About three months ago, I finally said what I had been thinking for quite a while, "I want to stop coloring my hair." My hairdresser was shocked and her friend at the next station was horrified. The first thing out of both of their mouths was, "Don't, you'll look old!" That had been my concern, too. But not quite as much as before. My soul was making a turn towards something new. This urge to let my hair go to its natural color came from a deeper place than even I understood at the time.
Pushing my inner voice quiet, I followed the course of least resistance and sat there for my usual monthly regimen of base color, highlights, lowlights, and hairstyle -- a three-hour ordeal. As I left the salon with my hair spiffed and "cool looking," these questions rose clean and sharp in my mind: "Do I really want to continue this battle with my hair? Do I really want to sit in that chair every month?" I would begin my journey into answering these questions within the hour.
Out of the blue I decided to go get a sandwich at a place I had not visited for a long time. I walked into the store and standing at the deli counter was a striking woman with an energetic poise. Her smile was engaging, as was her beautiful head of full-gray hair. I asked if she had a few minutes to speak with me. We spent about a quarter of an hour talking about her transition from color to her natural tone. When I thanked her for helping me in deciding if I was ready to take this leap myself, she thanked me for affirming that she was beautiful just as she was.
The image of this woman's silver hair supported me as I went about my life over the next several weeks. What's wrong with looking my age? I am almost sixty. I don't want to be a younger woman. I love my spirit and my body. I love this age I am in now--one of growing wisdom and longer-lived knowing. So, why do I need to color my hair to a younger woman's shade? This was not about anyone else. It was only about me. I realized that I had somehow become a prisoner of my own appearance.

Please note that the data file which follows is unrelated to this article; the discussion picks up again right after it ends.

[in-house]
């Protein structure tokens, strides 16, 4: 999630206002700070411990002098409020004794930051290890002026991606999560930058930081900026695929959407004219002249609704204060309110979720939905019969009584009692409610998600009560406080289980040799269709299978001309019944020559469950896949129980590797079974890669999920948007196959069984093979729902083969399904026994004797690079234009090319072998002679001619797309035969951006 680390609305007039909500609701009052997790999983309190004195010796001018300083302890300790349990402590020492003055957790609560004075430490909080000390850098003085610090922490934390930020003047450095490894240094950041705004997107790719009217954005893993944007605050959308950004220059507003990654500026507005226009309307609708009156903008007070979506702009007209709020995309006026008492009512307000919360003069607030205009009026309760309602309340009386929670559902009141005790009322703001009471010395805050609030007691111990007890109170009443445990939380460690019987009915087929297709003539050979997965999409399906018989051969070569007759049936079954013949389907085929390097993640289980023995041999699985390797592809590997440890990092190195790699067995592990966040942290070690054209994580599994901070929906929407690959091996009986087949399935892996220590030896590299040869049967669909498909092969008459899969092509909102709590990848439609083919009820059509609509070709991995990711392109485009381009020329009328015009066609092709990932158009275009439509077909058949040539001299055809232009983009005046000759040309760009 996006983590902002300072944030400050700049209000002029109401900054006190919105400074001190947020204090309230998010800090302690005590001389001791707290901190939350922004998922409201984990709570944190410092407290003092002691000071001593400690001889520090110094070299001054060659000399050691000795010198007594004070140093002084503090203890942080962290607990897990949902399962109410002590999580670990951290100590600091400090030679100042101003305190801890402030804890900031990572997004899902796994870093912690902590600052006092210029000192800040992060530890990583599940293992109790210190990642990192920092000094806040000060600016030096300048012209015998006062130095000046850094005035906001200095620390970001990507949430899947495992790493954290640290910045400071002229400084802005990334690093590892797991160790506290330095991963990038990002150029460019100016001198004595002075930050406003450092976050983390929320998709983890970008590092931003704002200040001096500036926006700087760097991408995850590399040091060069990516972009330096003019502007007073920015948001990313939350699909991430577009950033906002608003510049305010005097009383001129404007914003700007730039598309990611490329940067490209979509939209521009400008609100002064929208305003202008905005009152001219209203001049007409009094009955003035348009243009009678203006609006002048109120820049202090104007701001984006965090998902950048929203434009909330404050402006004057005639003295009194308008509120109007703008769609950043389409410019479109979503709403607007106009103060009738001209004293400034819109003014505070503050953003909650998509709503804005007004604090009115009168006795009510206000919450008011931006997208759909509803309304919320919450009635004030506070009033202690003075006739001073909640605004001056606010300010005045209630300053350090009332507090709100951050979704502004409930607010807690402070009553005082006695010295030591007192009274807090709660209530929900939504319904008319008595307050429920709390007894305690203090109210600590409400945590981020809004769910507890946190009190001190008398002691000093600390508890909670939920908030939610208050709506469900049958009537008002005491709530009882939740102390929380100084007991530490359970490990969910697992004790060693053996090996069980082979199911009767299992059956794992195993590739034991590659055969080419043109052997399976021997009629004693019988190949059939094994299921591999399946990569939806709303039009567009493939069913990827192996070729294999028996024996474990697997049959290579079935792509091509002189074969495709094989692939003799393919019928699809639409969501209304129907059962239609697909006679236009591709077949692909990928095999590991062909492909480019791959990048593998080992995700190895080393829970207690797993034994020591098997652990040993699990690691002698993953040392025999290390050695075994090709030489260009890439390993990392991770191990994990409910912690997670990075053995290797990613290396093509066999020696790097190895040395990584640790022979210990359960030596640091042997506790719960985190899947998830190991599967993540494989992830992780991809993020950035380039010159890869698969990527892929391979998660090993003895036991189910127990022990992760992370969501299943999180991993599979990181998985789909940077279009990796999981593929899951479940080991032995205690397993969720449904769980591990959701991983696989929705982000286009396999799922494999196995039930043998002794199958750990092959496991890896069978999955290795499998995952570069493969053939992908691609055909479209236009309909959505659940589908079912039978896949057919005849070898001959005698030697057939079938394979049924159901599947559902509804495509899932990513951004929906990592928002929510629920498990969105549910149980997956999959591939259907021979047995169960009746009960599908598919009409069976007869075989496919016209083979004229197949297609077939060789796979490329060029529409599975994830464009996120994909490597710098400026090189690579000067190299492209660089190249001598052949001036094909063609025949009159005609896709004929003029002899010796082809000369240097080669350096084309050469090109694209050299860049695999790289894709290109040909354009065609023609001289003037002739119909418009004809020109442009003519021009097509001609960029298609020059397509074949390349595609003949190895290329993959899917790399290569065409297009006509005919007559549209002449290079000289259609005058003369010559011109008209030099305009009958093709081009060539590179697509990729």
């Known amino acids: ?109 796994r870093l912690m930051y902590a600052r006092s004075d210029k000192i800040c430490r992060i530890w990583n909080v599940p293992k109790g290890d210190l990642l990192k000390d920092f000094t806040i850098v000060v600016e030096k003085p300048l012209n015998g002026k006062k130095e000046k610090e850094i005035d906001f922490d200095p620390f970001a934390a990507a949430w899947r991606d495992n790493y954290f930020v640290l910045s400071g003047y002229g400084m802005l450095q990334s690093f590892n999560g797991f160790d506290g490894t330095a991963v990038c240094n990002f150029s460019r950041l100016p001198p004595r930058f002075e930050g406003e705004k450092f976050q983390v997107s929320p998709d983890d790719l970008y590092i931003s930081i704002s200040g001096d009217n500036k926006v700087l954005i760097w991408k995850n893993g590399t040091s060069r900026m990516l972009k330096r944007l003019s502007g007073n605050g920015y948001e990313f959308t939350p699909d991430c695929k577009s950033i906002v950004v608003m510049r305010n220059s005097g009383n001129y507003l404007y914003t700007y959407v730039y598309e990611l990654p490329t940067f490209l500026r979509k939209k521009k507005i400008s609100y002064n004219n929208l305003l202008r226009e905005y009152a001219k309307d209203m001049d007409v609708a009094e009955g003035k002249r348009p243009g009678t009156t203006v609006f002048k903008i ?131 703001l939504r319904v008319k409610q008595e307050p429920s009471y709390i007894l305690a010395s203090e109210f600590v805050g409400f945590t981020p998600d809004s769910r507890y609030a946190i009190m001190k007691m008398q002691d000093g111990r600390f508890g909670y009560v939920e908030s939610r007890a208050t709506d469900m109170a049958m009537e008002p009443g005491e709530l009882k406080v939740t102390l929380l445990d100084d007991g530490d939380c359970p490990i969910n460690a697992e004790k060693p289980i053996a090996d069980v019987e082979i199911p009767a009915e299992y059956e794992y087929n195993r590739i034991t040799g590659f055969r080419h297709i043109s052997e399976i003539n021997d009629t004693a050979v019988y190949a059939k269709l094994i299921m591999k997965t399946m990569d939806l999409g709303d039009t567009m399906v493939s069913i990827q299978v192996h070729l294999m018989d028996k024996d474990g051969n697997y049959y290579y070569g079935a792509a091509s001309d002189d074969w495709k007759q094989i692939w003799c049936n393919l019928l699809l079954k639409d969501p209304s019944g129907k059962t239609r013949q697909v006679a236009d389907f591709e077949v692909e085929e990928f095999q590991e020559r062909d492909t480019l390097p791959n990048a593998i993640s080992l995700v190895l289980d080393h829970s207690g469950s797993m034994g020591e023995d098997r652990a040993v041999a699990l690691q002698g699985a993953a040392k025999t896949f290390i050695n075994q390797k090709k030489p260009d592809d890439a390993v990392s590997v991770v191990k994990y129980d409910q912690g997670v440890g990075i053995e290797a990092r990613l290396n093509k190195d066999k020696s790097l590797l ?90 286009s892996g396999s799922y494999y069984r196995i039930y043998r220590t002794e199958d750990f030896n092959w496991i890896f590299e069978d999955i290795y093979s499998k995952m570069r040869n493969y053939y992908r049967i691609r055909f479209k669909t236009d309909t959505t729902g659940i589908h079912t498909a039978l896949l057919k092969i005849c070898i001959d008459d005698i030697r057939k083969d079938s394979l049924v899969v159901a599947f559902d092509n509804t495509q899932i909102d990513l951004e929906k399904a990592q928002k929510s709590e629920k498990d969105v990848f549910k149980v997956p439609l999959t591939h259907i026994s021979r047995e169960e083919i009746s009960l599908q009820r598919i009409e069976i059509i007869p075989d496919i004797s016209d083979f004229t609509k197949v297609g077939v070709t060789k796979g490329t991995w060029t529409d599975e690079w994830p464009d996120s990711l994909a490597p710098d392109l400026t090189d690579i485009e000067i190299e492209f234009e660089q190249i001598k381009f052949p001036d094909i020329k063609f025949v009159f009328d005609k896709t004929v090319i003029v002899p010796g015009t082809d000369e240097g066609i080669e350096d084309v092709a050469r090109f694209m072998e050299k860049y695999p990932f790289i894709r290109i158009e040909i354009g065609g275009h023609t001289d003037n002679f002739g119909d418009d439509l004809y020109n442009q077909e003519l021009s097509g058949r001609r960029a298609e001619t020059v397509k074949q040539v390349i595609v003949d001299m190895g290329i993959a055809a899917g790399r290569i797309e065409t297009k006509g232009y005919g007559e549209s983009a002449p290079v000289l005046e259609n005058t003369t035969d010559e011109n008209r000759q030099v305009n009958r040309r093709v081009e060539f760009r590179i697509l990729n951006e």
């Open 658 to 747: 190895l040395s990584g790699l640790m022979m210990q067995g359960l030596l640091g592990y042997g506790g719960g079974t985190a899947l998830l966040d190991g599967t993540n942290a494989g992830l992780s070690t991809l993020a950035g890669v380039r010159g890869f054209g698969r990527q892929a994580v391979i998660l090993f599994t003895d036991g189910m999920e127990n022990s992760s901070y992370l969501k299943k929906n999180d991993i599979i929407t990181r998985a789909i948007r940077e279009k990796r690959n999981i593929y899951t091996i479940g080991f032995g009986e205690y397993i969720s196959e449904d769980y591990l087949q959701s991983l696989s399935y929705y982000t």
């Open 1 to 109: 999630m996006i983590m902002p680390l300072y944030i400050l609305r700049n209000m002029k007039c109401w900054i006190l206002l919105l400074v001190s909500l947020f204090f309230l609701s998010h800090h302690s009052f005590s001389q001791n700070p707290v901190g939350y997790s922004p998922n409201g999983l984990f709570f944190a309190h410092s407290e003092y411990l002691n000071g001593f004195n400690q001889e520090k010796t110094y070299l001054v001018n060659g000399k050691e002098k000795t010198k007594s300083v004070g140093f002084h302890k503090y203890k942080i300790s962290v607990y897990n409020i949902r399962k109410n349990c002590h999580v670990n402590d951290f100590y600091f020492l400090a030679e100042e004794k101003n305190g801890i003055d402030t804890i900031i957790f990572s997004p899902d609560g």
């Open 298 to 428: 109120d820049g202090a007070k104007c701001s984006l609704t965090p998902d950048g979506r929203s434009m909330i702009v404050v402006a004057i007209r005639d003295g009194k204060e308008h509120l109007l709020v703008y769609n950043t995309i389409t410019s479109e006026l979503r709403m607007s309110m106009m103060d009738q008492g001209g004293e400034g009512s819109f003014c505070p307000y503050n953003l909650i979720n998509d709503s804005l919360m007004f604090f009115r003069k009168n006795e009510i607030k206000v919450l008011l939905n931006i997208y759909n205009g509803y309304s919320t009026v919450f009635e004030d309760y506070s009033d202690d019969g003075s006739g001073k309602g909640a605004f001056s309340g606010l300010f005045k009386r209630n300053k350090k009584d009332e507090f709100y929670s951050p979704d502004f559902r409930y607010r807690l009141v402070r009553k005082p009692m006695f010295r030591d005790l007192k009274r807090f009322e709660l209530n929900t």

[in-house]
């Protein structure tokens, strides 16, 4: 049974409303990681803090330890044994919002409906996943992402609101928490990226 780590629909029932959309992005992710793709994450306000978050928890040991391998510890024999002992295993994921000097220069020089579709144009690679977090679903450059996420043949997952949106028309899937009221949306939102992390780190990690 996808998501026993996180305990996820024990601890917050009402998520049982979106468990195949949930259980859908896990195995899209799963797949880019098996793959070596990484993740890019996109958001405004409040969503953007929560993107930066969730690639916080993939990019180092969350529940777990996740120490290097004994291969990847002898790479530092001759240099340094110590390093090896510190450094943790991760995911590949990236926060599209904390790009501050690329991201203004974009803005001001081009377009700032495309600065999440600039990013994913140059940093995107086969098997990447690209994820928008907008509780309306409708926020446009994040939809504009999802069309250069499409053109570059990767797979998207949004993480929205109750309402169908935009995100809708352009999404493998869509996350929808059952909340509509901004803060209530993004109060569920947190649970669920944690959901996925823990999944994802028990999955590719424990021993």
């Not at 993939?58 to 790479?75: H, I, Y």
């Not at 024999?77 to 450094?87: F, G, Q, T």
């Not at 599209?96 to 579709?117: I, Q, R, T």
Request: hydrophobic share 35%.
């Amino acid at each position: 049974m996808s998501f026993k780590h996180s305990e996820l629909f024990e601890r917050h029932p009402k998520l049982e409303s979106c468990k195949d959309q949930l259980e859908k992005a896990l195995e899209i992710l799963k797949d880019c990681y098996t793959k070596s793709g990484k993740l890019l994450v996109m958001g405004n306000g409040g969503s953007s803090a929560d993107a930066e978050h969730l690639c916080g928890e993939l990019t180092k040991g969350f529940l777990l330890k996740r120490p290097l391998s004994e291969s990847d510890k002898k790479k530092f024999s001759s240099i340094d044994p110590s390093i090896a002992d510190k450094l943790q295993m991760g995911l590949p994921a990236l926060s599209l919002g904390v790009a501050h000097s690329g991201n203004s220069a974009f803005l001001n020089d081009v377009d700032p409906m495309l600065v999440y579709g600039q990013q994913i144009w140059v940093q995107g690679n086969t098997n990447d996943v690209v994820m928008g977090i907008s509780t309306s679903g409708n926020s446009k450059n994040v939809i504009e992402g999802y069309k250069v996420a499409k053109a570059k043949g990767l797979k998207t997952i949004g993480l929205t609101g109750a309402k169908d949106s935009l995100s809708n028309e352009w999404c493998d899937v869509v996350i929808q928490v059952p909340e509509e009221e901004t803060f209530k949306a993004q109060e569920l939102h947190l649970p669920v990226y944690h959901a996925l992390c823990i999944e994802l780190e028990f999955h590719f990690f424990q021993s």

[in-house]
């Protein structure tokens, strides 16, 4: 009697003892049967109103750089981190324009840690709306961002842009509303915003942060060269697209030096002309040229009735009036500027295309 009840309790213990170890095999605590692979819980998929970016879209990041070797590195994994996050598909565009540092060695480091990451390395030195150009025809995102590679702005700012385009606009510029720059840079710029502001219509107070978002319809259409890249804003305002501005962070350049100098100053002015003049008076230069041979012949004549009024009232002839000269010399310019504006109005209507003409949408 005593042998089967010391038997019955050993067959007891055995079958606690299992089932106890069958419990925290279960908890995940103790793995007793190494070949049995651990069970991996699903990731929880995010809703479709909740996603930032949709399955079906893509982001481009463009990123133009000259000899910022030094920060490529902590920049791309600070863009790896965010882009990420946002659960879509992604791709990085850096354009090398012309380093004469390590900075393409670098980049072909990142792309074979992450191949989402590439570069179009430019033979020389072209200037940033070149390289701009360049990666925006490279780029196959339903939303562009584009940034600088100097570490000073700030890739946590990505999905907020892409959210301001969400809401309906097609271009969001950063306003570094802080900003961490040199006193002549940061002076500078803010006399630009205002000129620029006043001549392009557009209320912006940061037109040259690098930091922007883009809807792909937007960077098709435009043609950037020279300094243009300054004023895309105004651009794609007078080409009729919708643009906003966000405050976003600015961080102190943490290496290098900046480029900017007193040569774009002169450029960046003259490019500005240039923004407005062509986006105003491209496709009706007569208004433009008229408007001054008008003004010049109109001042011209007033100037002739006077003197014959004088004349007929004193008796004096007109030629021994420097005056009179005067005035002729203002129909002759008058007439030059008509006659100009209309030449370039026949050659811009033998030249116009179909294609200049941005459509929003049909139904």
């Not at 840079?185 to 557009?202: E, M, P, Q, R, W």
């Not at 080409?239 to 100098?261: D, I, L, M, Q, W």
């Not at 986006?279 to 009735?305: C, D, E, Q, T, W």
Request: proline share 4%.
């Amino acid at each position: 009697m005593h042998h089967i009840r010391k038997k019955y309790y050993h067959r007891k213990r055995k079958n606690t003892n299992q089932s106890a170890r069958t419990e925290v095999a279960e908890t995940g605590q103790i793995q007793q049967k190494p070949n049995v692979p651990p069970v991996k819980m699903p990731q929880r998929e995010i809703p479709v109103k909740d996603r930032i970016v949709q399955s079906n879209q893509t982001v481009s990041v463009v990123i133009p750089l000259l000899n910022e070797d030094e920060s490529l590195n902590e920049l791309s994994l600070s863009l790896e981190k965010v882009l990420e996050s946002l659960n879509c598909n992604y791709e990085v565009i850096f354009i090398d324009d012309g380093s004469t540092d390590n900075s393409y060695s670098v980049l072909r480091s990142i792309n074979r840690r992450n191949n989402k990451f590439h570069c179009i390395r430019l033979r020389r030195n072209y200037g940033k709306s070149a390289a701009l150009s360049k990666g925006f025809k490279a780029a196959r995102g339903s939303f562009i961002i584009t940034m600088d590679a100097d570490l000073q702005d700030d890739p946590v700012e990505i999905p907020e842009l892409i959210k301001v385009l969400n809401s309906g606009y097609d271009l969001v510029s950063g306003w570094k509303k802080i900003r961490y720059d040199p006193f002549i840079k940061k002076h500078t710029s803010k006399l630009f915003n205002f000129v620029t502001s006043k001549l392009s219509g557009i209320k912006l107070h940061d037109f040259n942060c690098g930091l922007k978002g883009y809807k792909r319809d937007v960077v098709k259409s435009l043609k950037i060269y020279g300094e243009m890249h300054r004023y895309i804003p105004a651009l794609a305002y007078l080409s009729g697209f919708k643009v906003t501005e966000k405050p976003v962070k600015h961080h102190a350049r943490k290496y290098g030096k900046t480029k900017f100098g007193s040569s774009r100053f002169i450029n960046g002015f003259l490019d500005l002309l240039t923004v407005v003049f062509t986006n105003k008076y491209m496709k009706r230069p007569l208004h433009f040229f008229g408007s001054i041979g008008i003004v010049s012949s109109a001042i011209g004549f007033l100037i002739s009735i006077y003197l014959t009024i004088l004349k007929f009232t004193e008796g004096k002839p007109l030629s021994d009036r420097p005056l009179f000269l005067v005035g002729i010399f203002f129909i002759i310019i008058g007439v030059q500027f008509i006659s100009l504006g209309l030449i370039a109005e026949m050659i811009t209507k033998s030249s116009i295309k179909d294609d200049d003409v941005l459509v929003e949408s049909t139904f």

With my choice to let my hair go gray, I have had to chart a brave new territory of mind and heart. To my horror, I found myself in a tug-of-war with myself over a cultural bias that older women are somehow less worthy or even perhaps "shameful." This bias against myself is a hurt I have absorbed-- without choosing or knowing-- as a result of the ceaseless barrage from media and advertising that a youthful appearance is to be sought at all cost. I was soul-confused to find myself struggling with my own being to get past the subtly and powerfully ingrained idea that "old is awful." I am now winning this battle for my worthiness with gentle determination, self-honoring and a profound love for the spirit-driven woman I am -- and the woman I am choosing to become.
- Rides her bike with no hands and sings in the rain.
- Jumps in the lake with her clothes on and laughs at the clouds.
- Climbs up on things or lies on the ground to get that "perfect" photo.
- Uses her feet as an extra pair of hands to close car doors and cupboards.
- Watches television with her heels up on the couch holding her toes.
- Finds herself dancing in store aisles when a great song is playing.
I have had two "haircut-only" visits to the salon now and am sporting about an inch of no-color hair. From what I can see, my hair is white on top, graduating to silver on the sides and then a darker silver at the back. There is an eagerness inside me, a sense of setting all of myself free -- the innocent child, the curious schoolgirl, the striding teenager, the blossoming young woman, the caring mother, the middle-aged career horse, and now the "the stepping into my age" elder.
I'm not 100 percent sure how I am going to feel about myself when I am fully uncolored. My inner self tells me it will be a comfortable sense of "coming home" to the next stage of my life. If it is not, I can always go back to coloring my hair. But I don't think this will happen. My heart and my mind, my spirit and my body are telling me it is time for me to step fully into my age.
To learn about her new book, "Soul on the Run," go to: www.SoulOnTheRun.com
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